Local authority recycling officers are seeking an element of flexibility within government plans to provide a consistent recycling service across England.
This is among the messages within the Local Authority Recycling Advisory Committee (LARAC) response to Defra’s consultation on improving recycling collection consistency, which closed this week.
Members of LARAC have expressed “broad support” for large parts of the consultation. But, the Association has claimed that consistent collections are “pointless” without suitable end markets to drive demand for material collected from the kerbside.
Defra’s proposals centre on plans for councils to collect a ‘core’ set of dry recyclable materials, alongside a separate weekly food waste collection and free collection of garden waste.
The core materials would include glass bottles and containers; paper and card; plastic bottles; detergent, shampoo and cleaning products; plastic pots tubs and trays; and, steel and aluminium tins and cans.
Responding to the consultation, LARAC has voiced concerns about the “potentially prescriptive nature” of proposals on collection systems.
This includes the potential for statutory guidance on minimum service standards for recycling and waste collections which could cover issues such as collection frequency.
In its consultation response, LARAC says that although statutory guidance could assist with stable longer-term planning by ‘minimising political influences with changes in elections’, it would require “reassurance that the standards would allow for some flexibility, such as allowing for less than fortnightly collections where appropriate, adapting to local circumstances” for the measure to gain full support.
And, on collection methodology, LARAC adds that quality materials are “currently being provided through existing collection systems”, with the organisation further advocating systems designed for ‘local circumstances’ that deliver materials to available end markets.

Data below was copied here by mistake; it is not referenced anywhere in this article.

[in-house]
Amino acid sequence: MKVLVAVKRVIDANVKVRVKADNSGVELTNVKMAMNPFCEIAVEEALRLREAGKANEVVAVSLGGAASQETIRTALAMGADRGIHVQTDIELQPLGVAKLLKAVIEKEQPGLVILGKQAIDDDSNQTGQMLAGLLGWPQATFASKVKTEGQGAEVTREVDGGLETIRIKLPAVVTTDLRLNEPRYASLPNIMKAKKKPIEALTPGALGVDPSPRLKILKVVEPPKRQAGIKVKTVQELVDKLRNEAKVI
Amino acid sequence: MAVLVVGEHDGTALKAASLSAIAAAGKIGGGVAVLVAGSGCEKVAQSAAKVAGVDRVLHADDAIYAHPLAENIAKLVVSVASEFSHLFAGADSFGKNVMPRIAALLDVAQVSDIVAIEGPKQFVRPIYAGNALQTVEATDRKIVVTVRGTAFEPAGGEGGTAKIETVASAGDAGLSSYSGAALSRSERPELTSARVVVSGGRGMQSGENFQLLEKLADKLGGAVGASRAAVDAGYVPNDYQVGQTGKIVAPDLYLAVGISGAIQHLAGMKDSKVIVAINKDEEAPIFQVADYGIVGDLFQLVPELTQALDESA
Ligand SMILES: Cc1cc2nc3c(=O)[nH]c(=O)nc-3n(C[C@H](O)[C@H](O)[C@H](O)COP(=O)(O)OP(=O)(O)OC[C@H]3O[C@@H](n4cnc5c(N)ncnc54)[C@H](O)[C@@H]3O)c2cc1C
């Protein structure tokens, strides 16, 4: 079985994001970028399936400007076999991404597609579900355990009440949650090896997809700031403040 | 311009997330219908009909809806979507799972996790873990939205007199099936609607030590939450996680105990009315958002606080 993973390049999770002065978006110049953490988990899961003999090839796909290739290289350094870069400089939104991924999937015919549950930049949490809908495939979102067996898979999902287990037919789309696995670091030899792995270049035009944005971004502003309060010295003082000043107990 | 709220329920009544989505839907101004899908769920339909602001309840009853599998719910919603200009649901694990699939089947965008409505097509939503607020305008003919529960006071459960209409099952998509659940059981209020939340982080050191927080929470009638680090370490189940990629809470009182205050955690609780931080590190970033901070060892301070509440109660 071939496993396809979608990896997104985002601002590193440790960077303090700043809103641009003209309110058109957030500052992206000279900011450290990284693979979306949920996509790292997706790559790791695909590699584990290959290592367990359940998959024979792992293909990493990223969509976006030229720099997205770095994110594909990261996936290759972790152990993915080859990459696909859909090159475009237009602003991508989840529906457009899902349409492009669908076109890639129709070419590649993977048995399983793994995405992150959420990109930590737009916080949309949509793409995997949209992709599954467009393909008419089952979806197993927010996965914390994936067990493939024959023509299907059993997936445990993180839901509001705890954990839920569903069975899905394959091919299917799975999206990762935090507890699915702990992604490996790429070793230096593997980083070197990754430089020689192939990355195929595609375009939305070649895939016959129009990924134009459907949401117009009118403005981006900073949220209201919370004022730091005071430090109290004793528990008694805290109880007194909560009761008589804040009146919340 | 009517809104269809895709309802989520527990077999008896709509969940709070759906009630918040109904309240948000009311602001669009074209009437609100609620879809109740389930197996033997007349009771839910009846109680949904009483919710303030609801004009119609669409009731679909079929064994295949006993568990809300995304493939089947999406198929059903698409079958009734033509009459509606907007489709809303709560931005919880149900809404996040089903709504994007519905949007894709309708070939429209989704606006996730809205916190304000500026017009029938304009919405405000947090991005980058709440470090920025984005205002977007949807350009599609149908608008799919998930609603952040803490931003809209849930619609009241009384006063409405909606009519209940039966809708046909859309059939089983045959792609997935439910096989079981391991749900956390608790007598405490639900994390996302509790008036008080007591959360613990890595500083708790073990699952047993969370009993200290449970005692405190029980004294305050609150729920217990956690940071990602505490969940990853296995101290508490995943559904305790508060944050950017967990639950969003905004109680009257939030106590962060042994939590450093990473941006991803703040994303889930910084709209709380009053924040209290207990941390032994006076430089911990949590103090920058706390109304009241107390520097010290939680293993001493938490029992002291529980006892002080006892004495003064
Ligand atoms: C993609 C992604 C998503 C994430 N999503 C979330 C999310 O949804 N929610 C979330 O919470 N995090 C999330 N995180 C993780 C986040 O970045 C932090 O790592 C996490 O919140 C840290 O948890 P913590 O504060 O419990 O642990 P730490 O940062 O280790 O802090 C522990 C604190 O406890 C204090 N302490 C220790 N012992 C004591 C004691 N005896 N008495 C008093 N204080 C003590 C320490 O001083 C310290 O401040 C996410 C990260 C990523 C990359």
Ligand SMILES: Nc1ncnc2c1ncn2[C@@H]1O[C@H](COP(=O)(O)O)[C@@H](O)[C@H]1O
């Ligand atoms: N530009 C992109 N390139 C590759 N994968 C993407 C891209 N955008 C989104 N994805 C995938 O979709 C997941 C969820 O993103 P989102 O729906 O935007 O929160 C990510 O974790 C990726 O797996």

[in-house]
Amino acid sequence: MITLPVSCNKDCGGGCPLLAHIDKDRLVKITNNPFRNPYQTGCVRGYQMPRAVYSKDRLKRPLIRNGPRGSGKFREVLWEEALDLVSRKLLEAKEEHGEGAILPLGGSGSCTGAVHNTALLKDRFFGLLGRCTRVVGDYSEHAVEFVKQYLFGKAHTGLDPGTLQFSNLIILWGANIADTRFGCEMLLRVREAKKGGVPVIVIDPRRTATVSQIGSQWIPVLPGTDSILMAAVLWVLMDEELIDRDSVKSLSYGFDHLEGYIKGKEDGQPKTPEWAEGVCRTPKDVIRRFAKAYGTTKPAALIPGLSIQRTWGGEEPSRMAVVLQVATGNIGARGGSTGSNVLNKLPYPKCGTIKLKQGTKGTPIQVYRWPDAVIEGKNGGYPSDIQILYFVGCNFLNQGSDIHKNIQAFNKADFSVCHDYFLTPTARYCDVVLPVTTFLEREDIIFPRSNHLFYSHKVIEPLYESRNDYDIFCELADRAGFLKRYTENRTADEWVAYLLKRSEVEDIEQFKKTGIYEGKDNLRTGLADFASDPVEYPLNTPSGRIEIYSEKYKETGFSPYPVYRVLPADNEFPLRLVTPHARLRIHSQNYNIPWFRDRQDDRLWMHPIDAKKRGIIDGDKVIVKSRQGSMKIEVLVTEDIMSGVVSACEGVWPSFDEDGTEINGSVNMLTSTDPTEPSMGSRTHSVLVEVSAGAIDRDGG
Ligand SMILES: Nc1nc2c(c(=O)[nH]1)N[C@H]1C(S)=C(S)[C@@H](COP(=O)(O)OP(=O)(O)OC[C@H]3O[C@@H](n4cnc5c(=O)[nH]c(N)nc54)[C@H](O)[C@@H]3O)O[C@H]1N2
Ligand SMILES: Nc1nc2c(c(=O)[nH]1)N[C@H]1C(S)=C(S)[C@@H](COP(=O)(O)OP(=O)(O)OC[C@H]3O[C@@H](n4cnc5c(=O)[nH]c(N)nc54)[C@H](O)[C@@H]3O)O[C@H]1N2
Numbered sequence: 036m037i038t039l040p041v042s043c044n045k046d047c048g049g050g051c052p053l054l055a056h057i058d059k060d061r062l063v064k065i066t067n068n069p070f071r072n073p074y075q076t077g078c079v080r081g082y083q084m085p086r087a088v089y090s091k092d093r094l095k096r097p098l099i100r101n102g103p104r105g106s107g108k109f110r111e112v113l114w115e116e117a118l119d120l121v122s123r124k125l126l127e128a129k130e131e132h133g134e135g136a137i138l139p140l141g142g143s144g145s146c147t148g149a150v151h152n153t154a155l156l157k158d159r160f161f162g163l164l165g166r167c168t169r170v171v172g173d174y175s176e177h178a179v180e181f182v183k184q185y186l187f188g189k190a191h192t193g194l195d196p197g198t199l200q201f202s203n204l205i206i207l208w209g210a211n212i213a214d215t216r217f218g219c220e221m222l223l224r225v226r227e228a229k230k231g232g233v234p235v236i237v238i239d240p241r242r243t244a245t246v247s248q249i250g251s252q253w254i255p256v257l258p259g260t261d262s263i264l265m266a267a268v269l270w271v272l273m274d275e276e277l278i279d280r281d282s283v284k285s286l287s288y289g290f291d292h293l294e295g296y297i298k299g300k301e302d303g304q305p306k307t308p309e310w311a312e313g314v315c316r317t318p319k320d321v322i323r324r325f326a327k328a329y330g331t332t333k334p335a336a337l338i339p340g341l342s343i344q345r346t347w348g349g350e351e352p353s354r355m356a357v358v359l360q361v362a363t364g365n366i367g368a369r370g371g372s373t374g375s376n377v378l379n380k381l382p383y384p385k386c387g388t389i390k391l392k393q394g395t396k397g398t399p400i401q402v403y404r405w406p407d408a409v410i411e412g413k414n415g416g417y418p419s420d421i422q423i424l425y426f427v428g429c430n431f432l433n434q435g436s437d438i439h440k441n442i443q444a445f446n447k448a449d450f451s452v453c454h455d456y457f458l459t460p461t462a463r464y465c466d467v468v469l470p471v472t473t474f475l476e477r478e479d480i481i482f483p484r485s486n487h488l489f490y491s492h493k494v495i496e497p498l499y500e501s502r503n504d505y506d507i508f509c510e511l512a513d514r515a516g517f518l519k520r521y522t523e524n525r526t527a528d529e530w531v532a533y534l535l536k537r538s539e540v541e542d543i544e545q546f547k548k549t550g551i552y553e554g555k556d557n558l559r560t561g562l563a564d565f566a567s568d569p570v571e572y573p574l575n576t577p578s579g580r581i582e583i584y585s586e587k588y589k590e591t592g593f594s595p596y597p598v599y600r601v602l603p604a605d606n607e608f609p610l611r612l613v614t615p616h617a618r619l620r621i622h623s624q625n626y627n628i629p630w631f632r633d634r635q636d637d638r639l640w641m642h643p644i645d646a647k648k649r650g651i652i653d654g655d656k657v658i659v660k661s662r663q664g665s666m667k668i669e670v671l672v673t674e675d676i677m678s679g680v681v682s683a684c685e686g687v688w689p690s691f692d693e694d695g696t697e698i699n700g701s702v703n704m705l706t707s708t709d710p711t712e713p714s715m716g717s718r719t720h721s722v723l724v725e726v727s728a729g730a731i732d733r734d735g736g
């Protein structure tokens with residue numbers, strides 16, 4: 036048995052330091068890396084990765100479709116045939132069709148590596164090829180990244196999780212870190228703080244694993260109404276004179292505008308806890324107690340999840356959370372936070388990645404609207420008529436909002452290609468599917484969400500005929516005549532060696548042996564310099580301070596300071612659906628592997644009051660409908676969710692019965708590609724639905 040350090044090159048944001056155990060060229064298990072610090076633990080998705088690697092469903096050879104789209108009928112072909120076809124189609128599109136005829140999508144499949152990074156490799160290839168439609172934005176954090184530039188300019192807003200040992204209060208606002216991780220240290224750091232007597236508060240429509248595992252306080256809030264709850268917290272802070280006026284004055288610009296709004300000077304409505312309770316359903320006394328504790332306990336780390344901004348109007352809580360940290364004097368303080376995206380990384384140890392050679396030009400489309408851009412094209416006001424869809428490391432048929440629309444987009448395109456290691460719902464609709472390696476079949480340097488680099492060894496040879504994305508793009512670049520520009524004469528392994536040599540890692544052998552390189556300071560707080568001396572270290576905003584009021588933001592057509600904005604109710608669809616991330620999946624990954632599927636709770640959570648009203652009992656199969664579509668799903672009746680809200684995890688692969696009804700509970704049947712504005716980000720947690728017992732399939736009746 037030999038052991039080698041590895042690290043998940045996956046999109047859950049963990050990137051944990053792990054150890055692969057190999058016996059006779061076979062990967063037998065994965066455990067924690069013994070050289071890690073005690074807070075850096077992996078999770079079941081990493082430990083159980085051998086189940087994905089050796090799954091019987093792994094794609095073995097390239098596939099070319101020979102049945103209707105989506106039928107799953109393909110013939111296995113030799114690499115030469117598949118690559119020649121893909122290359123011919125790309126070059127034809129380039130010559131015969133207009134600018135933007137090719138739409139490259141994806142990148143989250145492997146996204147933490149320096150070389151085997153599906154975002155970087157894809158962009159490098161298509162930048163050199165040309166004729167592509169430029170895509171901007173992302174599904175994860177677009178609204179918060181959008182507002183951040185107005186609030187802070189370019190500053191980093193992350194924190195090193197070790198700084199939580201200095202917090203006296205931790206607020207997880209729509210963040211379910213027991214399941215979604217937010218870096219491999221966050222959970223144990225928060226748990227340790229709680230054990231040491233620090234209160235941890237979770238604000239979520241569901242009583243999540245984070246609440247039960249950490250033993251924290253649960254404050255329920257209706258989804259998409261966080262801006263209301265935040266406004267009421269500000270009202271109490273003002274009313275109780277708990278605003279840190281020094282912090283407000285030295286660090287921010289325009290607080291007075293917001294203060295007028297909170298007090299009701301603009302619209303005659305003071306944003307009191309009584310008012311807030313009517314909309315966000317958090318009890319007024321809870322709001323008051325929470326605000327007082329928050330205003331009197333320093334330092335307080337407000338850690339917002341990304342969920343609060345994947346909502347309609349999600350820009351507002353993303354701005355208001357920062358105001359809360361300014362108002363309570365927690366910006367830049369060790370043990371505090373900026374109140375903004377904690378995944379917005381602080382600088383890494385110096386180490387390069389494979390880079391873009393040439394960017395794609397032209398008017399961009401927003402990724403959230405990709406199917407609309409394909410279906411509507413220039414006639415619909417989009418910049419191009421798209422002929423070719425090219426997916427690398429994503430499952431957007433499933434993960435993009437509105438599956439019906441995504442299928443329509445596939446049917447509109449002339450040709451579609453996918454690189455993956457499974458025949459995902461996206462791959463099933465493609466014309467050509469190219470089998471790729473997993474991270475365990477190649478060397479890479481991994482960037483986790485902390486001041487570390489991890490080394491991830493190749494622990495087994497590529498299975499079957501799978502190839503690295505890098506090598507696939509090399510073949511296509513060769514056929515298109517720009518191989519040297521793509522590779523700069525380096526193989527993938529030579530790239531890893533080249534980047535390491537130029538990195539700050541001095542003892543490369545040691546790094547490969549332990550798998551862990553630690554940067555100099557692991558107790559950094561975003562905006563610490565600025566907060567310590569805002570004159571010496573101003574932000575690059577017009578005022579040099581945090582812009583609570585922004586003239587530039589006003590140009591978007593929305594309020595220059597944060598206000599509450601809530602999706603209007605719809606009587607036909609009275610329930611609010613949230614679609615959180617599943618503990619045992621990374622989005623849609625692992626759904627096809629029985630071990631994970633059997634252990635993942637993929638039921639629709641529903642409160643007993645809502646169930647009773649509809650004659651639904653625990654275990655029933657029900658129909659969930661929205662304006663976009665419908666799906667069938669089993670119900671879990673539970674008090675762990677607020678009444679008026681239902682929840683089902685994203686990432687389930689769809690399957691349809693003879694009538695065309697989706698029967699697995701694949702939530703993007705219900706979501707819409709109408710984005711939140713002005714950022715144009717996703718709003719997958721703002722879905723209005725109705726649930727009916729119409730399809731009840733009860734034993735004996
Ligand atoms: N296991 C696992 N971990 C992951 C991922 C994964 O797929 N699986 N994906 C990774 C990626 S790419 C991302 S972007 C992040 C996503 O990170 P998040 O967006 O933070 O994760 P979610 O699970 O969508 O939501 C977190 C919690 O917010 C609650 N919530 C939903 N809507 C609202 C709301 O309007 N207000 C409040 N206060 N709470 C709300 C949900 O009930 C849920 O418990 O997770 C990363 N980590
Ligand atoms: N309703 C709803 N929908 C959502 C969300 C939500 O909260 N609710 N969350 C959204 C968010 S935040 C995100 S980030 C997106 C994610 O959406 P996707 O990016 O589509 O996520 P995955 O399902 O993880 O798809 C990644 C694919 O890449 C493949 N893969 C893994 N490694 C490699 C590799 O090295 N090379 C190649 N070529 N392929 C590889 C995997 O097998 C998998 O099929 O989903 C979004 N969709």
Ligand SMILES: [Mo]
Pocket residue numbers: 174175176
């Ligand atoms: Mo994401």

A further sticking point for LARAC in the proposals is for local authorities to be mandated to offer free garden waste collections, which it says its members have “strongly opposed”. LARAC said its members believed that charged for garden waste services will still “contribute strongly” to a 65% recycling rate.
On food waste collections, LARAC said it supports the proposal, but is keen to hear how the government intends to fund the measure.
“There was a very strong message from our members that nationwide free garden waste was a backwards step.”Carole Taylor
Carole Taylor, chair of LARAC, said: “There was a very strong message from our members that nationwide free garden waste was a backwards step. Our members told us that garden waste is not going in the residual bin and that they are achieving good returns through charged for systems. By allowing charges it frees up central funding to support other aspects of the collections system. Food waste collections are one area where that funding could be used, with local authorities supportive of fully funded food waste collections.”
LARAC has also questioned the value of adopting standard bin colours against the likely cost and the “long time” it will take to implement.
A proposed increase in funding for national communications is welcomed and LARAC said it wants to see mandated use of OPRL on packaging which would help local campaigns funded through the EPR system.